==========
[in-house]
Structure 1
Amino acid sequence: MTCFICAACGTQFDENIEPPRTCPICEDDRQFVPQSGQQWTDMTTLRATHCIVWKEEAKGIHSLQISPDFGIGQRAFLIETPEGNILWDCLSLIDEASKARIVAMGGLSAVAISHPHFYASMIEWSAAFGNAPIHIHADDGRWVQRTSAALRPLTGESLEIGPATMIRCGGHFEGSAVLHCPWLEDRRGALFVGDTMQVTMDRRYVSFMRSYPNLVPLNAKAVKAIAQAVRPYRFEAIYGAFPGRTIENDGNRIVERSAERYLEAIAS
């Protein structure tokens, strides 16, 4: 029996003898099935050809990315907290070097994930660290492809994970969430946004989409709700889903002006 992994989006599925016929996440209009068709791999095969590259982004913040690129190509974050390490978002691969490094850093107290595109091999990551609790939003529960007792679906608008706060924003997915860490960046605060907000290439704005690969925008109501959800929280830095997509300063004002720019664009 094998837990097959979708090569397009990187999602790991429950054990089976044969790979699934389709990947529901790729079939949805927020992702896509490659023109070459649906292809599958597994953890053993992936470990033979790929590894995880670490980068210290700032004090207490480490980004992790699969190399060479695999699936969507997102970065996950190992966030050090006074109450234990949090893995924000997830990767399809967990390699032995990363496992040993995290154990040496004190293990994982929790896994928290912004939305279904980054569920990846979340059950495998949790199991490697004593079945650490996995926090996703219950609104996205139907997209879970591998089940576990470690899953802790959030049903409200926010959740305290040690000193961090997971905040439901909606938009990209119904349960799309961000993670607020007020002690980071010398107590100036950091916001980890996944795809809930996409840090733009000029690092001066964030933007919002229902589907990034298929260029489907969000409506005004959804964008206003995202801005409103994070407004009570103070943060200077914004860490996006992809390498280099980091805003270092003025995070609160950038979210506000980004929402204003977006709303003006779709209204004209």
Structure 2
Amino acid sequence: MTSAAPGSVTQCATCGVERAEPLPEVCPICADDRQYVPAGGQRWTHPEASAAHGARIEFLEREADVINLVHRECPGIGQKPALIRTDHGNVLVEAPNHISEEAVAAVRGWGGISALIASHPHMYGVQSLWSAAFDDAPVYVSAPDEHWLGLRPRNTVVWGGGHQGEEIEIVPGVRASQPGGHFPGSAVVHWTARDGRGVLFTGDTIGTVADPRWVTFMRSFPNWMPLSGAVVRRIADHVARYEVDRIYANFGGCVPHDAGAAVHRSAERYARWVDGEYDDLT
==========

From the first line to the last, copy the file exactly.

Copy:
[in-house]
Structure 1
Amino acid sequence: MTCFICAACGTQFDENIEPPRTCPICEDDRQFVPQSGQQWTDMTTLRATHCIVWKEEAKGIHSLQISPDFGIGQRAFLIETPEGNILWDCLSLIDEASKARIVAMGGLSAVAISHPHFYASMIEWSAAFGNAPIHIHADDGRWVQRTSAALRPLTGESLEIGPATMIRCGGHFEGSAVLHCPWLEDRRGALFVGDTMQVTMDRRYVSFMRSYPNLVPLNAKAVKAIAQAVRPYRFEAIYGAFPGRTIENDGNRIVERSAERYLEAIAS
């Protein structure tokens, strides 16, 4: 029996003898099935050809990315907290070097994930660290492809994970969430946004989409709700889903002006 992994989006599925016929996440209009068709791999095969590259982004913040690129190509974050390490978002691969490094850093107290595109091999990551609790939003529960007792679906608008706060924003997915860490960046605060907000290439704005690969925008109501959800929280830095997509300063004002720019664009 094998837990097959979708090569397009990187999602790991429950054990089976044969790979699934389709990947529901790729079939949805927020992702896509490659023109070459649906292809599958597994953890053993992936470990033979790929590894995880670490980068210290700032004090207490480490980004992790699969190399060479695999699936969507997102970065996950190992966030050090006074109450234990949090893995924000997830990767399809967990390699032995990363496992040993995290154990040496004190293990994982929790896994928290912004939305279904980054569920990846979340059950495998949790199991490697004593079945650490996995926090996703219950609104996205139907997209879970591998089940576990470690899953802790959030049903409200926010959740305290040690000193961090997971905040439901909606938009990209119904349960799309961000993670607020007020002690980071010398107590100036950091916001980890996944795809809930996409840090733009000029690092001066964030933007919002229902589907990034298929260029489907969000409506005004959804964008206003995202801005409103994070407004009570103070943060200077914004860490996006992809390498280099980091805003270092003025995070609160950038979210506000980004929402204003977006709303003006779709209204004209």
Structure 2
Amino acid sequence: MTSAAPGSVTQCATCGVERAEPLPEVCPICADDRQYVPAGGQRWTHPEASAAHGARIEFLEREADVINLVHRECPGIGQKPALIRTDHGNVLVEAPNHISEEAVAAVRGWGGISALIASHPHMYGVQSLWSAAFDDAPVYVSAPDEHWLGLRPRNTVVWGGGHQGEEIEIVPGVRASQPGGHFPGSAVVHWTARDGRGVLFTGDTIGTVADPRWVTFMRSFPNWMPLSGAVVRRIADHVARYEVDRIYANFGGCVPHDAGAAVHRSAERYARWVDGEYDDLT